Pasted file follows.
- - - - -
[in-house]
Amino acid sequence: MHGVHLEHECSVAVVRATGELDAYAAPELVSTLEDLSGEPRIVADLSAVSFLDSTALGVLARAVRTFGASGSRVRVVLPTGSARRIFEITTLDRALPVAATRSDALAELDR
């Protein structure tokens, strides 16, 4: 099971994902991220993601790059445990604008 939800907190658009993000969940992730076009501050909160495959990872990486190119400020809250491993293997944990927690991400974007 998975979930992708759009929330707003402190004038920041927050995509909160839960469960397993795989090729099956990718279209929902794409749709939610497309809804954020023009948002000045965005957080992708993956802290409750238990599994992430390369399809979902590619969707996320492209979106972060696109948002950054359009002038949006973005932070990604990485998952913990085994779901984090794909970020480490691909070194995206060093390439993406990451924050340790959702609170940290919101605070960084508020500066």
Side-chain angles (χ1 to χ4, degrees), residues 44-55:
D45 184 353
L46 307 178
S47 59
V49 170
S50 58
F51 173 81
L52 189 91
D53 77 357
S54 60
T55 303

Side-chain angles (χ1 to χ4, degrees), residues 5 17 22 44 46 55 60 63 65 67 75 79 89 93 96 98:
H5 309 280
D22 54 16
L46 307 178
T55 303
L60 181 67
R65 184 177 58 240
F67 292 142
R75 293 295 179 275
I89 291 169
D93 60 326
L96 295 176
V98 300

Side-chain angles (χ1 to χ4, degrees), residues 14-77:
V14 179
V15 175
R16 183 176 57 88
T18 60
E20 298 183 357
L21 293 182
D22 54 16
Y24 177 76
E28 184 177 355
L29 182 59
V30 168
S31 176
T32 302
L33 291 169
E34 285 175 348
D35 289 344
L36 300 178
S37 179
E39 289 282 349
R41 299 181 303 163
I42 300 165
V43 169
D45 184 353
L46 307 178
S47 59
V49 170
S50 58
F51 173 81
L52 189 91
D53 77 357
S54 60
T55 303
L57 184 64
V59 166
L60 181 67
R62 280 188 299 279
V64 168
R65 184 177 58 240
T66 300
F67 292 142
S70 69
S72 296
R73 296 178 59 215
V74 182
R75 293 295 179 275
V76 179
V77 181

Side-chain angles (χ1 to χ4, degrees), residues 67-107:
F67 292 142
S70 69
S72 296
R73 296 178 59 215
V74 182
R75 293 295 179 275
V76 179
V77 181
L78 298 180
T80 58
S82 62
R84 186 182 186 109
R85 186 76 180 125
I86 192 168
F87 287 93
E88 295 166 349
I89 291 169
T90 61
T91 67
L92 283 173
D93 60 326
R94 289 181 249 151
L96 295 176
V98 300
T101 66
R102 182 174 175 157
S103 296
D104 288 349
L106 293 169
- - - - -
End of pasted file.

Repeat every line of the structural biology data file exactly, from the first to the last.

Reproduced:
[in-house]
Amino acid sequence: MHGVHLEHECSVAVVRATGELDAYAAPELVSTLEDLSGEPRIVADLSAVSFLDSTALGVLARAVRTFGASGSRVRVVLPTGSARRIFEITTLDRALPVAATRSDALAELDR
């Protein structure tokens, strides 16, 4: 099971994902991220993601790059445990604008 939800907190658009993000969940992730076009501050909160495959990872990486190119400020809250491993293997944990927690991400974007 998975979930992708759009929330707003402190004038920041927050995509909160839960469960397993795989090729099956990718279209929902794409749709939610497309809804954020023009948002000045965005957080992708993956802290409750238990599994992430390369399809979902590619969707996320492209979106972060696109948002950054359009002038949006973005932070990604990485998952913990085994779901984090794909970020480490691909070194995206060093390439993406990451924050340790959702609170940290919101605070960084508020500066």
Side-chain angles (χ1 to χ4, degrees), residues 44-55:
D45 184 353
L46 307 178
S47 59
V49 170
S50 58
F51 173 81
L52 189 91
D53 77 357
S54 60
T55 303

Side-chain angles (χ1 to χ4, degrees), residues 5 17 22 44 46 55 60 63 65 67 75 79 89 93 96 98:
H5 309 280
D22 54 16
L46 307 178
T55 303
L60 181 67
R65 184 177 58 240
F67 292 142
R75 293 295 179 275
I89 291 169
D93 60 326
L96 295 176
V98 300

Side-chain angles (χ1 to χ4, degrees), residues 14-77:
V14 179
V15 175
R16 183 176 57 88
T18 60
E20 298 183 357
L21 293 182
D22 54 16
Y24 177 76
E28 184 177 355
L29 182 59
V30 168
S31 176
T32 302
L33 291 169
E34 285 175 348
D35 289 344
L36 300 178
S37 179
E39 289 282 349
R41 299 181 303 163
I42 300 165
V43 169
D45 184 353
L46 307 178
S47 59
V49 170
S50 58
F51 173 81
L52 189 91
D53 77 357
S54 60
T55 303
L57 184 64
V59 166
L60 181 67
R62 280 188 299 279
V64 168
R65 184 177 58 240
T66 300
F67 292 142
S70 69
S72 296
R73 296 178 59 215
V74 182
R75 293 295 179 275
V76 179
V77 181

Side-chain angles (χ1 to χ4, degrees), residues 67-107:
F67 292 142
S70 69
S72 296
R73 296 178 59 215
V74 182
R75 293 295 179 275
V76 179
V77 181
L78 298 180
T80 58
S82 62
R84 186 182 186 109
R85 186 76 180 125
I86 192 168
F87 287 93
E88 295 166 349
I89 291 169
T90 61
T91 67
L92 283 173
D93 60 326
R94 289 181 249 151
L96 295 176
V98 300
T101 66
R102 182 174 175 157
S103 296
D104 288 349
L106 293 169